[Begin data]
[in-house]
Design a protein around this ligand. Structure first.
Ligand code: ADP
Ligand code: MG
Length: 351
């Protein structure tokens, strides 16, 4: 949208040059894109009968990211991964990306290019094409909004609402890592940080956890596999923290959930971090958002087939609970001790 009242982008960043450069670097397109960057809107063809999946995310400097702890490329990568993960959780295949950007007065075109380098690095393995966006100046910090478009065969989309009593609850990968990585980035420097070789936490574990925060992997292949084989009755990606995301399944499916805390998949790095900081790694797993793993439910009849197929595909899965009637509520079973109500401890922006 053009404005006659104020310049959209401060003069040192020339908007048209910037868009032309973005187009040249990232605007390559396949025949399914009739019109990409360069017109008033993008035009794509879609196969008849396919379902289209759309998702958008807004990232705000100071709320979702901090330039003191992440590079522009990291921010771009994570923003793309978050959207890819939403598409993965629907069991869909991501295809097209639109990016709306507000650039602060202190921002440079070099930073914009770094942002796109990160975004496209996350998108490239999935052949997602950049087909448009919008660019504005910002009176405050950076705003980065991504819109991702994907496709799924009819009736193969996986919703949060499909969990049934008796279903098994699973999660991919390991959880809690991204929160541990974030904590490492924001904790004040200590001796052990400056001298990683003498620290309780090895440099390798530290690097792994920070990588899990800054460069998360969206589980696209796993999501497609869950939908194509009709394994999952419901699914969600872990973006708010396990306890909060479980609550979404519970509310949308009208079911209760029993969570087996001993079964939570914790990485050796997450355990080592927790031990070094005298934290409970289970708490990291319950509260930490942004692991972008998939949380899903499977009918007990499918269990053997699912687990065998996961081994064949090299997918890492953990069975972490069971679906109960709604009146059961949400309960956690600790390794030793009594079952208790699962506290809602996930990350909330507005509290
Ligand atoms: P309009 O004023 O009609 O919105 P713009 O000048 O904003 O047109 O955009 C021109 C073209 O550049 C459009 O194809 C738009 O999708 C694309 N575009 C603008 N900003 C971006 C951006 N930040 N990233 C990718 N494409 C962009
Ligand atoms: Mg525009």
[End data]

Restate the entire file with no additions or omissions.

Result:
[in-house]
Design a protein around this ligand. Structure first.
Ligand code: ADP
Ligand code: MG
Length: 351
């Protein structure tokens, strides 16, 4: 949208040059894109009968990211991964990306290019094409909004609402890592940080956890596999923290959930971090958002087939609970001790 009242982008960043450069670097397109960057809107063809999946995310400097702890490329990568993960959780295949950007007065075109380098690095393995966006100046910090478009065969989309009593609850990968990585980035420097070789936490574990925060992997292949084989009755990606995301399944499916805390998949790095900081790694797993793993439910009849197929595909899965009637509520079973109500401890922006 053009404005006659104020310049959209401060003069040192020339908007048209910037868009032309973005187009040249990232605007390559396949025949399914009739019109990409360069017109008033993008035009794509879609196969008849396919379902289209759309998702958008807004990232705000100071709320979702901090330039003191992440590079522009990291921010771009994570923003793309978050959207890819939403598409993965629907069991869909991501295809097209639109990016709306507000650039602060202190921002440079070099930073914009770094942002796109990160975004496209996350998108490239999935052949997602950049087909448009919008660019504005910002009176405050950076705003980065991504819109991702994907496709799924009819009736193969996986919703949060499909969990049934008796279903098994699973999660991919390991959880809690991204929160541990974030904590490492924001904790004040200590001796052990400056001298990683003498620290309780090895440099390798530290690097792994920070990588899990800054460069998360969206589980696209796993999501497609869950939908194509009709394994999952419901699914969600872990973006708010396990306890909060479980609550979404519970509310949308009208079911209760029993969570087996001993079964939570914790990485050796997450355990080592927790031990070094005298934290409970289970708490990291319950509260930490942004692991972008998939949380899903499977009918007990499918269990053997699912687990065998996961081994064949090299997918890492953990069975972490069971679906109960709604009146059961949400309960956690600790390794030793009594079952208790699962506290809602996930990350909330507005509290
Ligand atoms: P309009 O004023 O009609 O919105 P713009 O000048 O904003 O047109 O955009 C021109 C073209 O550049 C459009 O194809 C738009 O999708 C694309 N575009 C603008 N900003 C971006 C951006 N930040 N990233 C990718 N494409 C962009
Ligand atoms: Mg525009």